Think Again: How to Reason and Argue

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Course Date: 25 August 2014 to 17 November 2014 (12 weeks)

Price: free

Course Summary

Reasoning is important.  This course will teach you how to do it well.  You will learn how to understand and assess arguments by other people and how to construct good arguments of your own about whatever matters to you.


Estimated Workload: 5-6 hours/week

Course Instructors

Walter Sinnott-Armstrong

Walter Sinnott-Armstrong is Chauncey Stillman Professor of Practical Ethics in the Philosophy Department and the Kenan Institute for Ethics at Duke University and Core Faculty in the Duke Institute for Brain Sciences. He has served as vice-chair of the Board of Officers of the American Philosophical Association and co-director of the MacArthur Project on Law and Neuroscience. He has published books on moral theory, philosophy of religion, theory of knowledge, and informal logic. His current research focuses on ways that psychology and neuroscience can illuminate moral beliefs and moral responsibility. He has regularly taught a course on reasoning for three decades.

Ram Neta

Ram Neta is Associate Professor of Philosophy at the University of North Carolina at Chapel Hill. He has published dozens of articles on various topics in epistemology, including the nature and extent of our knowledge, the constraints that rationality imposes of on our states of confidence, the sorts of considerations that can serve as evidence for us, and how arguments for skepticism can come to seem compelling. He has also edited a number of recent and forthcoming volumes in epistemology. His current research focuses on understanding how epistemic constraints on an animal’s representational states can be determined by the essential properties of the species to which the animal belongs.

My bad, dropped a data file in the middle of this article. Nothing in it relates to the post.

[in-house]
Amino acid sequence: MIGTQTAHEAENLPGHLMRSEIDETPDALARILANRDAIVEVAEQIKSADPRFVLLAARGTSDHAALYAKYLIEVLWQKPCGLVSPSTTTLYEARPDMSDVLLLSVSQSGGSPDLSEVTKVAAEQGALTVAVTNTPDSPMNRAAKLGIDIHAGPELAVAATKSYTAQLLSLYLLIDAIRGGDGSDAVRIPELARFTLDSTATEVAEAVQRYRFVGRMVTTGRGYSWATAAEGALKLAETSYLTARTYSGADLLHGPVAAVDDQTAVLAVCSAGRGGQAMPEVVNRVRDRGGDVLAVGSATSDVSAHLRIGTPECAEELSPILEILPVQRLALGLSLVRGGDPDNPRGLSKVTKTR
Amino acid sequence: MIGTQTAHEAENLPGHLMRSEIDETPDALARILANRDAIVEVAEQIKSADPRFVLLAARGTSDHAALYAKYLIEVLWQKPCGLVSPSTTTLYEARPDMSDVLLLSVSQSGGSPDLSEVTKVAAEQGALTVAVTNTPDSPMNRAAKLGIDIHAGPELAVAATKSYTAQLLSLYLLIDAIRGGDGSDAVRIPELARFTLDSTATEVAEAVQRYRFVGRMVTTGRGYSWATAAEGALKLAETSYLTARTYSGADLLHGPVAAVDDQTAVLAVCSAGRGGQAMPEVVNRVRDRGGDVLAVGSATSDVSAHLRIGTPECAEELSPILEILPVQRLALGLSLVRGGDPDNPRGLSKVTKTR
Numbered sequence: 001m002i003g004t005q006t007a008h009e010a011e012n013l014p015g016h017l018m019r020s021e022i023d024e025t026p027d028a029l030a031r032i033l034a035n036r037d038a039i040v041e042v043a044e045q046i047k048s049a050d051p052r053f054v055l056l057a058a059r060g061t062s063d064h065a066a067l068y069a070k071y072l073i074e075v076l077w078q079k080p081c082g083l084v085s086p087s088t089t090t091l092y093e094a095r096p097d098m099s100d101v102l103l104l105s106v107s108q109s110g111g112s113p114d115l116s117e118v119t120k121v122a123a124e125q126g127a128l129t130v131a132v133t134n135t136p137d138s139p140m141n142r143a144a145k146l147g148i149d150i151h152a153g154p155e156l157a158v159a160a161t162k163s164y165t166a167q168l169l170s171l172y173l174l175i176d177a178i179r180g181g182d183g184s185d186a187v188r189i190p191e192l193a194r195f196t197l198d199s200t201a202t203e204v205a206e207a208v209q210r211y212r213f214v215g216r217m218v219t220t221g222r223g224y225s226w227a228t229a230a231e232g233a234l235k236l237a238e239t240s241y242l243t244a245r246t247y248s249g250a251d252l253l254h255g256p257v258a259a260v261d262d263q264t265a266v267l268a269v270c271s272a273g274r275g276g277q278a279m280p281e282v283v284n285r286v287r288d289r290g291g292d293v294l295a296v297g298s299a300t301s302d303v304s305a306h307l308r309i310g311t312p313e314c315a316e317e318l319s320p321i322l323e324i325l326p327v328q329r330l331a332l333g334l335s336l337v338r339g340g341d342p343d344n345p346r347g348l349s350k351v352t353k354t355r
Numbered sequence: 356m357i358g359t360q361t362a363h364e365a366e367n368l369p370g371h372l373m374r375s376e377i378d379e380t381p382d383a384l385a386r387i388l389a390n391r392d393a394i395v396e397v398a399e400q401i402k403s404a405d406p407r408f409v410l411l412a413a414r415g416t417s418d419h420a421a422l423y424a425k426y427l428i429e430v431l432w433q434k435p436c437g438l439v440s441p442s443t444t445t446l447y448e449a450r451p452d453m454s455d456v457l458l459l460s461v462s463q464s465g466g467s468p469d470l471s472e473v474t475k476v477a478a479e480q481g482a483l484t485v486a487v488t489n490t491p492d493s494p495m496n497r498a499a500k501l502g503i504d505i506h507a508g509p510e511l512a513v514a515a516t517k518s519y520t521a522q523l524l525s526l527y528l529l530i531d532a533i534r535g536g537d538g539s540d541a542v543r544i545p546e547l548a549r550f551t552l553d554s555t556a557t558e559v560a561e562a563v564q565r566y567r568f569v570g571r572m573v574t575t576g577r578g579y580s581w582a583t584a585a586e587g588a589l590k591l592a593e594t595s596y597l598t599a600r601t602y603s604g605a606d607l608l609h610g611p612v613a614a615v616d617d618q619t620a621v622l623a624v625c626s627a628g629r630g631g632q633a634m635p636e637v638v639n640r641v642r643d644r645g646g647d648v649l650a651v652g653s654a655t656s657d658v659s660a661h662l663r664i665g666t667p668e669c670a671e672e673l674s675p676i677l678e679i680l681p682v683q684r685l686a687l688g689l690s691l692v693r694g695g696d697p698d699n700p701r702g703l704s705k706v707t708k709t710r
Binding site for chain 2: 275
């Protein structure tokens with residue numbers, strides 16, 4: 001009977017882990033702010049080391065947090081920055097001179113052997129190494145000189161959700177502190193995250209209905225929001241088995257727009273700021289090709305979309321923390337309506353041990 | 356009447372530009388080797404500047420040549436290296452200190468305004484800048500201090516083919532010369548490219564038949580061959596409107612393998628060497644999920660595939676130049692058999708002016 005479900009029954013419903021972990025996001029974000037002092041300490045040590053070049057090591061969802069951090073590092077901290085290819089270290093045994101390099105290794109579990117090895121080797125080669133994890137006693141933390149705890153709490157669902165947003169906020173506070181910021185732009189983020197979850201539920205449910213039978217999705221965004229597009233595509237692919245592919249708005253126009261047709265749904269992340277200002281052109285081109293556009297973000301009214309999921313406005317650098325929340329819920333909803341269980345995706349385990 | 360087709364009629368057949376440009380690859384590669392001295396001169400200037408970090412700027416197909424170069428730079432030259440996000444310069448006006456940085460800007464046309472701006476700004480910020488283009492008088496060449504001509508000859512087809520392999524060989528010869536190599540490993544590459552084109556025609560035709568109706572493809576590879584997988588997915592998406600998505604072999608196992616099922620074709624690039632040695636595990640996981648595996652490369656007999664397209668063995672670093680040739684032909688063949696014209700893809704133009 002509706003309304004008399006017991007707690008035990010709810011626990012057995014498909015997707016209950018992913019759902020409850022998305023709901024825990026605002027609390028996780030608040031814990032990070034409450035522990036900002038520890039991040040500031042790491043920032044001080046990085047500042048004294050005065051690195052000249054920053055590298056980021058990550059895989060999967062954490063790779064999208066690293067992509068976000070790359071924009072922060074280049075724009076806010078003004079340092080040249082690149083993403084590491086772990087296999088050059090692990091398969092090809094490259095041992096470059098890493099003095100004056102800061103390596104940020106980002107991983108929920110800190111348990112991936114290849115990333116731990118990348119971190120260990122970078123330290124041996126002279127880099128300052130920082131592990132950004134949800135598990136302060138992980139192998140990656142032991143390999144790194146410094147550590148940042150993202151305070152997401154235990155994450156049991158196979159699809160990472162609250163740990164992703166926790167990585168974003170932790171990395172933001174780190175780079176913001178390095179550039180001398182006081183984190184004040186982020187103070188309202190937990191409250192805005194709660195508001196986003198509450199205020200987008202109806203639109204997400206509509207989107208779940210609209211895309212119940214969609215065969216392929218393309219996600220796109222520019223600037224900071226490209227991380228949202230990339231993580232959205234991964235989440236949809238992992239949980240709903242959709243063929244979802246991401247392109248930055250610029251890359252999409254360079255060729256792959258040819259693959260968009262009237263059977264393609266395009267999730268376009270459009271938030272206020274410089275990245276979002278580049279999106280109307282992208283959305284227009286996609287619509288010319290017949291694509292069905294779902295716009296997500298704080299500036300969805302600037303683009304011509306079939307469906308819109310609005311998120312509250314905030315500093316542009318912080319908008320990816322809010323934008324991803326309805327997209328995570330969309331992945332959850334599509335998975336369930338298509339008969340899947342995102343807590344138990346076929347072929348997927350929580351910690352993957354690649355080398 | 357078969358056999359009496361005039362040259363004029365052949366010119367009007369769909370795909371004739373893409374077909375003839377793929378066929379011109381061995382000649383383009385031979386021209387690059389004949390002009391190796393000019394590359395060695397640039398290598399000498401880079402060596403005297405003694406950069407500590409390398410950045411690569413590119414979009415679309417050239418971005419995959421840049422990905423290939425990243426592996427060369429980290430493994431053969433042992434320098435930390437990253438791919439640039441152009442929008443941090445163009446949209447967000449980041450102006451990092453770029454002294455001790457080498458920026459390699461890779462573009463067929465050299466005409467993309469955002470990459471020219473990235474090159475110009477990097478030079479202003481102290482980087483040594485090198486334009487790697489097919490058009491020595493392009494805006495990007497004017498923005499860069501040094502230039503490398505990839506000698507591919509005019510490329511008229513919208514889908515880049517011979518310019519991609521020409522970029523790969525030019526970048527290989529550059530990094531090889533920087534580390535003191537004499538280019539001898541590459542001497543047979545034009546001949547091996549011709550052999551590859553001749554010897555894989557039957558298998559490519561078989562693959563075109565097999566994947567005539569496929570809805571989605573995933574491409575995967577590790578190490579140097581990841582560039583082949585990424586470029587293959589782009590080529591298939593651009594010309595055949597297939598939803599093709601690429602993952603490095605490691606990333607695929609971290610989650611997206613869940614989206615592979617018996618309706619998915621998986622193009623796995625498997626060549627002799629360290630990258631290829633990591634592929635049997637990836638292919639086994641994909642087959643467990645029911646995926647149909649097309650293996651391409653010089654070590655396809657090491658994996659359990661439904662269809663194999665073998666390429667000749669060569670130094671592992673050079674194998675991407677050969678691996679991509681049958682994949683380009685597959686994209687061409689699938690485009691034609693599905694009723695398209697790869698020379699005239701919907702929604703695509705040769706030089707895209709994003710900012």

Ram Neta

Ram Neta is Associate Professor of Philosophy at the University of North Carolina at Chapel Hill. He has published dozens of articles on various topics in epistemology, including the nature and extent of our knowledge, the constraints that rationality imposes of on our states of confidence, the sorts of considerations that can serve as evidence for us, and how arguments for skepticism can come to seem compelling. He has also edited a number of recent and forthcoming volumes in epistemology. His current research focuses on understanding how epistemic constraints on an animal’s representational states can be determined by the essential properties of the species to which the animal belongs.

Course Description

Reasoning is important.  This course will teach you how to do it well.  You will learn some simple but vital rules to follow in thinking about any topic at all and some common and tempting mistakes to avoid in reasoning.  We will discuss how to identify, analyze, and evaluate arguments by other people (including politicians, used car salesmen, and teachers) and how to construct arguments of your own in order to help you decide what to believe or what to do. These skills will be useful in dealing with whatever matters most to you.

FAQ